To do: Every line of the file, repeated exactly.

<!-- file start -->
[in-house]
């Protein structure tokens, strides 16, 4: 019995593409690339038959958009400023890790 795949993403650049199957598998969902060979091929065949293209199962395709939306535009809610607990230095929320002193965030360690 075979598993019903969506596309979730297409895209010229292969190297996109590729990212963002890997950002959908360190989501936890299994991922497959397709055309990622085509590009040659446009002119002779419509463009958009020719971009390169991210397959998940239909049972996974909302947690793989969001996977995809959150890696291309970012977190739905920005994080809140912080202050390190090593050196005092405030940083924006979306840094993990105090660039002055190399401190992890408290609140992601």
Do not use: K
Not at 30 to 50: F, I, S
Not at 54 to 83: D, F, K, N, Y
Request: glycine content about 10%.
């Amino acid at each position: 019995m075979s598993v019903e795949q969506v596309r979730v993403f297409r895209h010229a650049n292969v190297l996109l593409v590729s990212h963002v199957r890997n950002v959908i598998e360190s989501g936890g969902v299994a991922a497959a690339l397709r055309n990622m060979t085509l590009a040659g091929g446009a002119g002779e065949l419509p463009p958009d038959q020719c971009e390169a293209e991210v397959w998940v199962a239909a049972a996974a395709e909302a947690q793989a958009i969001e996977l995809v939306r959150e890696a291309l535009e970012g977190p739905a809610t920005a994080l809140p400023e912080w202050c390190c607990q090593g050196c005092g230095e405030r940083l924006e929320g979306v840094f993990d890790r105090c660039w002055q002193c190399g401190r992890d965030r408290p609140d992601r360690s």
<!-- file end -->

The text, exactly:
[in-house]
């Protein structure tokens, strides 16, 4: 019995593409690339038959958009400023890790 795949993403650049199957598998969902060979091929065949293209199962395709939306535009809610607990230095929320002193965030360690 075979598993019903969506596309979730297409895209010229292969190297996109590729990212963002890997950002959908360190989501936890299994991922497959397709055309990622085509590009040659446009002119002779419509463009958009020719971009390169991210397959998940239909049972996974909302947690793989969001996977995809959150890696291309970012977190739905920005994080809140912080202050390190090593050196005092405030940083924006979306840094993990105090660039002055190399401190992890408290609140992601």
Do not use: K
Not at 30 to 50: F, I, S
Not at 54 to 83: D, F, K, N, Y
Request: glycine content about 10%.
């Amino acid at each position: 019995m075979s598993v019903e795949q969506v596309r979730v993403f297409r895209h010229a650049n292969v190297l996109l593409v590729s990212h963002v199957r890997n950002v959908i598998e360190s989501g936890g969902v299994a991922a497959a690339l397709r055309n990622m060979t085509l590009a040659g091929g446009a002119g002779e065949l419509p463009p958009d038959q020719c971009e390169a293209e991210v397959w998940v199962a239909a049972a996974a395709e909302a947690q793989a958009i969001e996977l995809v939306r959150e890696a291309l535009e970012g977190p739905a809610t920005a994080l809140p400023e912080w202050c390190c607990q090593g050196c005092g230095e405030r940083l924006e929320g979306v840094f993990d890790r105090c660039w002055q002193c190399g401190r992890d965030r408290p609140d992601r360690s």